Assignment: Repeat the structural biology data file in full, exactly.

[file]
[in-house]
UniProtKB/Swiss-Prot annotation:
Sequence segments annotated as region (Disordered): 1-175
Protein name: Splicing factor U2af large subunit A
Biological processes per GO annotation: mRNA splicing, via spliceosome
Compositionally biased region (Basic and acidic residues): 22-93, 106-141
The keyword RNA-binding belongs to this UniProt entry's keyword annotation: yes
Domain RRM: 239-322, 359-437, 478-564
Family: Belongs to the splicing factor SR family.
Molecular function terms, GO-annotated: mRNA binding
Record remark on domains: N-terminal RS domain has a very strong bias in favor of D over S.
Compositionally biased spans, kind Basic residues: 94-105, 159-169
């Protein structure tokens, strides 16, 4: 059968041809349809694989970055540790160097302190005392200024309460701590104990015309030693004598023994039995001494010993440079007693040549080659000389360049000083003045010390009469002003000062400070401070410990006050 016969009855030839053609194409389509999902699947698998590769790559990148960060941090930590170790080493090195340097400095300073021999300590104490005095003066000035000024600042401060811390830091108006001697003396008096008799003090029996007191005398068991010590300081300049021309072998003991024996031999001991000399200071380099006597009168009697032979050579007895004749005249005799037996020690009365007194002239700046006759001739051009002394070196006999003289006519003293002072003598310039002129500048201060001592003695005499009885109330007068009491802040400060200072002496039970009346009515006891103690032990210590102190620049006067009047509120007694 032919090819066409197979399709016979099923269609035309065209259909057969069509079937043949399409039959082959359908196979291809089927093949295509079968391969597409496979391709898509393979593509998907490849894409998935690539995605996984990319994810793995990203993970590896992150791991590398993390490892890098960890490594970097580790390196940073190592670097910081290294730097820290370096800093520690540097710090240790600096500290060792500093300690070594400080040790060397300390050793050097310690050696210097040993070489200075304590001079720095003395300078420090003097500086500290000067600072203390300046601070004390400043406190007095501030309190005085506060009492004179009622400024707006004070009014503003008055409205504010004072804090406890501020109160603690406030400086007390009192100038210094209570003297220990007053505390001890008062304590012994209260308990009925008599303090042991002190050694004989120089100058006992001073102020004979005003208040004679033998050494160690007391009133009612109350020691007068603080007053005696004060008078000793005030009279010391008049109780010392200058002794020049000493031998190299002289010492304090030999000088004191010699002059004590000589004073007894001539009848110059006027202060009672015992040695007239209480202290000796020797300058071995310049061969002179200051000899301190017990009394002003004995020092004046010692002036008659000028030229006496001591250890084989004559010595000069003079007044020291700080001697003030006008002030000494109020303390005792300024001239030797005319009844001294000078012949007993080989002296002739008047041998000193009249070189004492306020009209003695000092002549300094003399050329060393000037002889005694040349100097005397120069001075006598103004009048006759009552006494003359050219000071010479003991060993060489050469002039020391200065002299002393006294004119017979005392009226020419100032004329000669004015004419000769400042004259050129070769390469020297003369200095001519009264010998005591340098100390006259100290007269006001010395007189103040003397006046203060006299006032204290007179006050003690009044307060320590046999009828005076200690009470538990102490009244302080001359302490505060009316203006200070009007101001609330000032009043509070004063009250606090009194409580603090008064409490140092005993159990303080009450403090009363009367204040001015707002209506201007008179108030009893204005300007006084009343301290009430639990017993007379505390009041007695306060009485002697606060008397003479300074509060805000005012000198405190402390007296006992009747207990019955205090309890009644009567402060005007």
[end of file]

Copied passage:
[in-house]
UniProtKB/Swiss-Prot annotation:
Sequence segments annotated as region (Disordered): 1-175
Protein name: Splicing factor U2af large subunit A
Biological processes per GO annotation: mRNA splicing, via spliceosome
Compositionally biased region (Basic and acidic residues): 22-93, 106-141
The keyword RNA-binding belongs to this UniProt entry's keyword annotation: yes
Domain RRM: 239-322, 359-437, 478-564
Family: Belongs to the splicing factor SR family.
Molecular function terms, GO-annotated: mRNA binding
Record remark on domains: N-terminal RS domain has a very strong bias in favor of D over S.
Compositionally biased spans, kind Basic residues: 94-105, 159-169
């Protein structure tokens, strides 16, 4: 059968041809349809694989970055540790160097302190005392200024309460701590104990015309030693004598023994039995001494010993440079007693040549080659000389360049000083003045010390009469002003000062400070401070410990006050 016969009855030839053609194409389509999902699947698998590769790559990148960060941090930590170790080493090195340097400095300073021999300590104490005095003066000035000024600042401060811390830091108006001697003396008096008799003090029996007191005398068991010590300081300049021309072998003991024996031999001991000399200071380099006597009168009697032979050579007895004749005249005799037996020690009365007194002239700046006759001739051009002394070196006999003289006519003293002072003598310039002129500048201060001592003695005499009885109330007068009491802040400060200072002496039970009346009515006891103690032990210590102190620049006067009047509120007694 032919090819066409197979399709016979099923269609035309065209259909057969069509079937043949399409039959082959359908196979291809089927093949295509079968391969597409496979391709898509393979593509998907490849894409998935690539995605996984990319994810793995990203993970590896992150791991590398993390490892890098960890490594970097580790390196940073190592670097910081290294730097820290370096800093520690540097710090240790600096500290060792500093300690070594400080040790060397300390050793050097310690050696210097040993070489200075304590001079720095003395300078420090003097500086500290000067600072203390300046601070004390400043406190007095501030309190005085506060009492004179009622400024707006004070009014503003008055409205504010004072804090406890501020109160603690406030400086007390009192100038210094209570003297220990007053505390001890008062304590012994209260308990009925008599303090042991002190050694004989120089100058006992001073102020004979005003208040004679033998050494160690007391009133009612109350020691007068603080007053005696004060008078000793005030009279010391008049109780010392200058002794020049000493031998190299002289010492304090030999000088004191010699002059004590000589004073007894001539009848110059006027202060009672015992040695007239209480202290000796020797300058071995310049061969002179200051000899301190017990009394002003004995020092004046010692002036008659000028030229006496001591250890084989004559010595000069003079007044020291700080001697003030006008002030000494109020303390005792300024001239030797005319009844001294000078012949007993080989002296002739008047041998000193009249070189004492306020009209003695000092002549300094003399050329060393000037002889005694040349100097005397120069001075006598103004009048006759009552006494003359050219000071010479003991060993060489050469002039020391200065002299002393006294004119017979005392009226020419100032004329000669004015004419000769400042004259050129070769390469020297003369200095001519009264010998005591340098100390006259100290007269006001010395007189103040003397006046203060006299006032204290007179006050003690009044307060320590046999009828005076200690009470538990102490009244302080001359302490505060009316203006200070009007101001609330000032009043509070004063009250606090009194409580603090008064409490140092005993159990303080009450403090009363009367204040001015707002209506201007008179108030009893204005300007006084009343301290009430639990017993007379505390009041007695306060009485002697606060008397003479300074509060805000005012000198405190402390007296006992009747207990019955205090309890009644009567402060005007």